Addie said her best time of the day was seeing the big horse and knight dressed in armor. She takes after her mommy and daddy! Their armor room, called the Armor Court, is amazing. It is full of all kinds of Italian, Spanish, British and more armor pieces and the top of the room adorned in beautiful tapestries. Tim said this room was his favorite as well. Though the museum has a great medieval collection located on the first floor, this Armor Court is up on the second floor with the European art.
View an up close and side photo of the knight and horse in armor on the Museum website at: http://www.clevelandart.org/collections/collection%20online.aspx?type=refresh&sliderpos=2&searchoption=1
We also had the opportunity to view their new exhibition “The Lure of Painted Poetry: Japanese and Korean Art” which just opened today and will be on display until August. It consisted of beautifully light and airy ink drawings on screens and cloth, as well as gorgeous bridal gown that Addie liked (but felt it might be too big for her) because of its vibrant colors (still vibrant though many hundreds of year old). Emma was enthralled by how whole words were drawn using one calligraphy symbol. Their poetry was not just words, but art flowing onto paper. The Museum writes, “The show features every art form, including painting, calligraphy, and craft, that transformed Chinese lyrical aesthetics in the Korean Joseon period and in the Japanese Muromachi, Momoyama, and Edo periods.” You can view more info here: http://www.clevelandart.org/visit/Exhibitions.aspx
All my children are little budding artists and I hope trips like these inspire them even more. Here’s some bad camera phone photos of the kids with several Van Goghs:
I can’t wait to let you know what our favorites are from our next trip to the Cleveland Museum of Art of another art museum! Who is your favorite artist or the best art museum you’ve been to?
It has been a long week/weekend and I just didn’t want to start another week without writing something. Until I write again, let me tease you with fact I found yet another awesome apple cake recipe. Actually my mom found it, and with some of my own tweaking of the recipe, it turned out fabulous. It was the best cake I have ever had! I made it with homemade cooked brown sugar frosting just like my grandmother used to make for her kids. I promise, the next post will be those recipes!
We went to the pumpkin patch and have taken in all the different hues of the orange spectrum along with even some “albino” ones. The orange pumpkins with the purple field flower (gotta find that name!), the cornstalks, the bees and beetles nibbling on the purplish gourd flowers all were magnificent to explore. The wagon ride to and from the patch was fun for the kids of course. We went to Honey Haven Farms (www.honeyhavenfarm.com) in Ashland, Ohio and the Boyer family is tremendously wonderful to the community and their patrons!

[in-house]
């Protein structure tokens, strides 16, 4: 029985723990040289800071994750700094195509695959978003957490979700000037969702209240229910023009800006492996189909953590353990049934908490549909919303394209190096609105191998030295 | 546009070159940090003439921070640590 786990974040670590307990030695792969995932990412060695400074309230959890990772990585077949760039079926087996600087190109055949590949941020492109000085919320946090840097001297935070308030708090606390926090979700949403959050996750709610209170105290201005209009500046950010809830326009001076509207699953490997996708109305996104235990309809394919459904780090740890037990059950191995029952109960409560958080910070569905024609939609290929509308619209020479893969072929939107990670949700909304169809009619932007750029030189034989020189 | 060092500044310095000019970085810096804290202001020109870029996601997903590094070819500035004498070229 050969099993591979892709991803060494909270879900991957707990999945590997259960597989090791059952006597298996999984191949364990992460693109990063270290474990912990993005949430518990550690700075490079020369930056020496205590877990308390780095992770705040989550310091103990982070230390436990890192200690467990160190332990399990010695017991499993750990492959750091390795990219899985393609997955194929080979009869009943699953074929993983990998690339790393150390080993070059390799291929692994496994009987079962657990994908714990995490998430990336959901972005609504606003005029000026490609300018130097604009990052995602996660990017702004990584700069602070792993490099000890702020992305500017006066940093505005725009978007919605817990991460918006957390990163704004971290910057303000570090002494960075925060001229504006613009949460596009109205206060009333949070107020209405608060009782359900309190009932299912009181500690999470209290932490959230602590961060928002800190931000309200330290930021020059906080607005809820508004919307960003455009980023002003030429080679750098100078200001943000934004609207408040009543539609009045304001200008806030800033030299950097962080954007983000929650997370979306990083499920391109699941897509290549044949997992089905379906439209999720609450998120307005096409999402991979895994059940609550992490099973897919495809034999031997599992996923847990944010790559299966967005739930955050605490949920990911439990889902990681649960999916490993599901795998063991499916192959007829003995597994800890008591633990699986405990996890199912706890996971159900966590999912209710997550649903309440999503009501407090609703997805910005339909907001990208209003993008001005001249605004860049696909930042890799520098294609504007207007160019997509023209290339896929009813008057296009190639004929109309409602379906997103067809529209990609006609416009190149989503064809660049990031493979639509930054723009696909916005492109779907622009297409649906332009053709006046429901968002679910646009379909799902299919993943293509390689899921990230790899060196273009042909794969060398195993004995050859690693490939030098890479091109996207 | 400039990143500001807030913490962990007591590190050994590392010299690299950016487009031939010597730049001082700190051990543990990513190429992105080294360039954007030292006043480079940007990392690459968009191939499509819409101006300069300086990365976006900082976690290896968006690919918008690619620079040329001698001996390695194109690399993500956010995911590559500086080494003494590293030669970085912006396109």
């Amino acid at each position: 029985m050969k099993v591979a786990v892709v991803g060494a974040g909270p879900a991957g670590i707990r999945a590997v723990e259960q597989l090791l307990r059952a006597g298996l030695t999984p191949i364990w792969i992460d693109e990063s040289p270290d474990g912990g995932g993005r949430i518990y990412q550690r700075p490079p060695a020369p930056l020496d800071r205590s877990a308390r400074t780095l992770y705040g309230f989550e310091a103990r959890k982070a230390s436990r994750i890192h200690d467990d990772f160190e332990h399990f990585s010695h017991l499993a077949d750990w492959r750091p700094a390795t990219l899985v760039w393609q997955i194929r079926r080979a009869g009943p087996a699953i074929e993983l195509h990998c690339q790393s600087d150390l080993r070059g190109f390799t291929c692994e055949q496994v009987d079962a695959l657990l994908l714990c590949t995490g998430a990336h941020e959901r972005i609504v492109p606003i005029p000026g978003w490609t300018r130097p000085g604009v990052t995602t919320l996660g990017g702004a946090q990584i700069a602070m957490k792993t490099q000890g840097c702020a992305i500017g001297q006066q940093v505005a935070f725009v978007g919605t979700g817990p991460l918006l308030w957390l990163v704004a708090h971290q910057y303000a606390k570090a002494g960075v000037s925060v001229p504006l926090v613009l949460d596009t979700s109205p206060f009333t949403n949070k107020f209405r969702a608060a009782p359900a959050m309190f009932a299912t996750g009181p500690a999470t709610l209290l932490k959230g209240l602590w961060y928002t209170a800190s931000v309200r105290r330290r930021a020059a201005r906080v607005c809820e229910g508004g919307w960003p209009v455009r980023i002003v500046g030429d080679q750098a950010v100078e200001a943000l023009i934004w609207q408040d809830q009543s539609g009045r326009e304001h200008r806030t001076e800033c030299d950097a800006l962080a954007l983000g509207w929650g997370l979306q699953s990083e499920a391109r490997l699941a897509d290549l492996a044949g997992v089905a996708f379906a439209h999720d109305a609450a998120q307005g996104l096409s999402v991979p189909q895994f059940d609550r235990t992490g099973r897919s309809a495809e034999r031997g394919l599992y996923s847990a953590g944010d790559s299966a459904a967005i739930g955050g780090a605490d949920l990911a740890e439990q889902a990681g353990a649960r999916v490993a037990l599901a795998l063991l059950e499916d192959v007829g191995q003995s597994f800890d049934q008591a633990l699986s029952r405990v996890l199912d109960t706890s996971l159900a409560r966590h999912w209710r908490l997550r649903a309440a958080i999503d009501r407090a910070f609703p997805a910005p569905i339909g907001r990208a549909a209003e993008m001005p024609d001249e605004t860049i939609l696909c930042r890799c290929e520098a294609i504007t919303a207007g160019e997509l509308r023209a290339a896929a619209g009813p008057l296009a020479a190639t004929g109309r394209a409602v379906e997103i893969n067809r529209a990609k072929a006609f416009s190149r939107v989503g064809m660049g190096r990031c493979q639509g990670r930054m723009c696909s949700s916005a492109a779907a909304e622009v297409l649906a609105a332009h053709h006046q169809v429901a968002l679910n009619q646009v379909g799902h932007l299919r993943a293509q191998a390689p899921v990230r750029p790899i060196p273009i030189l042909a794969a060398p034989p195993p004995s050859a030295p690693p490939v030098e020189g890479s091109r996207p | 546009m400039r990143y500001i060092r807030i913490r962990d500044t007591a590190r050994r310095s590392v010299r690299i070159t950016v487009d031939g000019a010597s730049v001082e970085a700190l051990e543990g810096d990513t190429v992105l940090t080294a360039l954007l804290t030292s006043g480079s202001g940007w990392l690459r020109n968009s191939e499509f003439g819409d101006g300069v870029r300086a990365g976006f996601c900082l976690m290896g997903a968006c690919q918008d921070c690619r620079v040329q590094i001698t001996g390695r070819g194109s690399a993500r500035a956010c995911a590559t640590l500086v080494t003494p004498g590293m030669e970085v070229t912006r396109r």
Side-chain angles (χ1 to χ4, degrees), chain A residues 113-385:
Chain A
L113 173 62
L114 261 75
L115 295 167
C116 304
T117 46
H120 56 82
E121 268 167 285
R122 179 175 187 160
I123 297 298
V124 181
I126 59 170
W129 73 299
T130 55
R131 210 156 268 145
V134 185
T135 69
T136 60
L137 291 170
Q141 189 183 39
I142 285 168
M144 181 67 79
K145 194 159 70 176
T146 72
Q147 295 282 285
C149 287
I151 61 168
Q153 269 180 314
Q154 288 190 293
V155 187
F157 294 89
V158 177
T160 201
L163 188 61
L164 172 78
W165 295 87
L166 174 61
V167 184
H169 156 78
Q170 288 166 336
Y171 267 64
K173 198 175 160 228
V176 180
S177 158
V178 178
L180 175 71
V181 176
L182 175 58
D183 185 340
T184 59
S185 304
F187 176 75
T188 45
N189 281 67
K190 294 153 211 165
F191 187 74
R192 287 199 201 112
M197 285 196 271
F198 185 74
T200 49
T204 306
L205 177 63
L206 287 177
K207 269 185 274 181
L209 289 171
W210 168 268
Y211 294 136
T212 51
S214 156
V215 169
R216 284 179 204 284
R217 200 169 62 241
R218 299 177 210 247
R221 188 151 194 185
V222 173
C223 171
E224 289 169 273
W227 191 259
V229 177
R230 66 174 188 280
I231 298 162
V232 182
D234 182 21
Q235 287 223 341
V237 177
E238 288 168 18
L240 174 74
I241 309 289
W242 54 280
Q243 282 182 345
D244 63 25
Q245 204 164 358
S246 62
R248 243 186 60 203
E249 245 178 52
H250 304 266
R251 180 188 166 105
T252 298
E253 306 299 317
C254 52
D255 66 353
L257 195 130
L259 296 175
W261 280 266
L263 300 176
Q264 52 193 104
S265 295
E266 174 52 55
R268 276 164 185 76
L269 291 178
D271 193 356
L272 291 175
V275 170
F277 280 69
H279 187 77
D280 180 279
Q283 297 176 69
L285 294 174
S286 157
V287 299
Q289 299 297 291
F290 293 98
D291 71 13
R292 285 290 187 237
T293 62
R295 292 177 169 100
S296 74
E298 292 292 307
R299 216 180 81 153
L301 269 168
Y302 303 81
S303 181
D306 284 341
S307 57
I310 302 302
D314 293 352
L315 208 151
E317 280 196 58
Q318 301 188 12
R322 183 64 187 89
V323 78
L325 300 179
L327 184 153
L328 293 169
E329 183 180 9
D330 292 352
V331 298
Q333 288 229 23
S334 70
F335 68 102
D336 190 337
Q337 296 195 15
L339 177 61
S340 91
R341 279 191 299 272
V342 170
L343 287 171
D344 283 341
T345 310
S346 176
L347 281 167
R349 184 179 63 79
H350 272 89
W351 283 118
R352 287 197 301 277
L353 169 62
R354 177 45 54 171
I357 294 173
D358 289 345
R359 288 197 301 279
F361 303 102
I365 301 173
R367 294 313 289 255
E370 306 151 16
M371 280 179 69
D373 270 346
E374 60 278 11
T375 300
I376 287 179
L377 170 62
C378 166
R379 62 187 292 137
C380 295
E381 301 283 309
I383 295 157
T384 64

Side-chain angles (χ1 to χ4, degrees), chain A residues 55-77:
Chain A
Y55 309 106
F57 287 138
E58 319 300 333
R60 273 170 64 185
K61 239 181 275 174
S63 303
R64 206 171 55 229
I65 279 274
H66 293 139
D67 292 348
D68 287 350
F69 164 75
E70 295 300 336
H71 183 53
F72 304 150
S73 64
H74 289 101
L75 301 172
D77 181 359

I’ve taken a lot more photos too of the changing leaves and all the nook and crannies you find during fall walks that take your breath away. I’ll enlighten readers more on some of those interesting tidbits soon as well. I just love the vibrant reds, yellows, oranges and browns.
Isn’t this you favorite time of year?
And in closing for now, I have several more autumn notecards sets for sale that I know you’ll love. Take a peek at www.breathebeautyartandphotographybyerin.artfire.com and toss some in your virtual checkout basket to write notes to your friends today!
- The Joy of Pumpkin: 5 Recipes for Fall (jolieodell.wordpress.com)
Visiting the Apple Orchard
Another favorite part of the Autumn Season for my family is anything that has to do with APPLES! Yesterday, Tim and I took the kids to Mitchell’s Apple Orchard (a family owned orchard in our small town) and we picked our own apples. They gave each of the kids a small little apple bag so they could each fill their own. We trodded back down the lane to the fruit orchard, watching our three-year old’s glee at picking apples from the tree. Red delicious apples were falling all around us, literally. They were underfoot, falling down, and in the trees. With the suns rays shining down onto the apples though the leaves it was almost like we had stepped into a fairytale from a distant past time. We also chose some granny smith, which are my son’s favorite (not sure if because of the taste or because he loves that color green). We were the only ones in the orchard and we felt like we could skip around between the rows and discover all that nature provides. I loved seeing my children so excited over something so quaint as a fruit orchard. They also had to run over to the grape vines (mostly done for the season) and see if they could pick a grape. It was again like shopping at the “nature store” and all of it was provided to us for free from our glorious Earth! How can nature produce such colorful, bold, sweet candy? We had so much fun during this hour, discovering nature, loving the outdoors, taking photos, laughing. And we did it all for $6 (the price of the 1/2 bushel bag that we also filled to bring home). The kids started eating their apples as soon as we got home. I was pleasantly elated that they were excited to eat apples instead of asking for candy. Life doesn’t get much better than making these kinds of memories. I am sure we will go back at least one more time soon. For now, I’ve got lots of apples to bake with. Tonight I made an apple cake that we will eat after dinner with vanilla ice cream.